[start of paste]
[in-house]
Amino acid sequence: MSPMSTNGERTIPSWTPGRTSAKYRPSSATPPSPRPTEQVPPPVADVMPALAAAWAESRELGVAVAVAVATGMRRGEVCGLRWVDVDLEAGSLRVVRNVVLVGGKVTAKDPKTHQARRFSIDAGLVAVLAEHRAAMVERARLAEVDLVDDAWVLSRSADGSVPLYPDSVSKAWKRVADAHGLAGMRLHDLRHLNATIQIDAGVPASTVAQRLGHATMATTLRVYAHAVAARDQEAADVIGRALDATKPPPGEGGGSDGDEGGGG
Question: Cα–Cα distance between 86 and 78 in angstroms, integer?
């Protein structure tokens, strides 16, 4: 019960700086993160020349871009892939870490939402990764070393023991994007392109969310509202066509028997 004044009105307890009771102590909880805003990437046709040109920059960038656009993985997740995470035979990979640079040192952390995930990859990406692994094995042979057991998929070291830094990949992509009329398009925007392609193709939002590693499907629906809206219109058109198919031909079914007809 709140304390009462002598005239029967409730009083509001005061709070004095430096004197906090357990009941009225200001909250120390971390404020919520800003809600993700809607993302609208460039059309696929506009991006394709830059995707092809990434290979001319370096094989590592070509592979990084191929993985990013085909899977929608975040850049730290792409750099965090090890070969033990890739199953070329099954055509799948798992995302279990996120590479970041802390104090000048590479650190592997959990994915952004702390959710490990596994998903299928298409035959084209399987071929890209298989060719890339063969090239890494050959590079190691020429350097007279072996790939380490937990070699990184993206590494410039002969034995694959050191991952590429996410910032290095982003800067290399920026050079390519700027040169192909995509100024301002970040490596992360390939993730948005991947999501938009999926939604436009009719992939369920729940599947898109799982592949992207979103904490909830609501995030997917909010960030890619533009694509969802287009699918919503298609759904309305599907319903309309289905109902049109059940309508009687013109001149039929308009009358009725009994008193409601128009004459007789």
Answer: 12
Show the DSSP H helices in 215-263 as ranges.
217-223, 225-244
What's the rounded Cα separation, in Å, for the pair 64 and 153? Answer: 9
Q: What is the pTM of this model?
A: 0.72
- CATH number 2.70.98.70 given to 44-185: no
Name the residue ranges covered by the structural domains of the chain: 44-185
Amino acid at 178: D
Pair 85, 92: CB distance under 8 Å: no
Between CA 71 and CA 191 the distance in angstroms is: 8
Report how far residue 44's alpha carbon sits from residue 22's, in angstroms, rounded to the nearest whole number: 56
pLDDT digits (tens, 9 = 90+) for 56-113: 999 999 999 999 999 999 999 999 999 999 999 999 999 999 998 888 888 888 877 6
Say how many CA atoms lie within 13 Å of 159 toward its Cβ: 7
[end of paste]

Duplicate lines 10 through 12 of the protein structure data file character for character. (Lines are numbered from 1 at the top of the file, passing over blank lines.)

A: 0.72
- CATH number 2.70.98.70 given to 44-185: no
Name the residue ranges covered by the structural domains of the chain: 44-185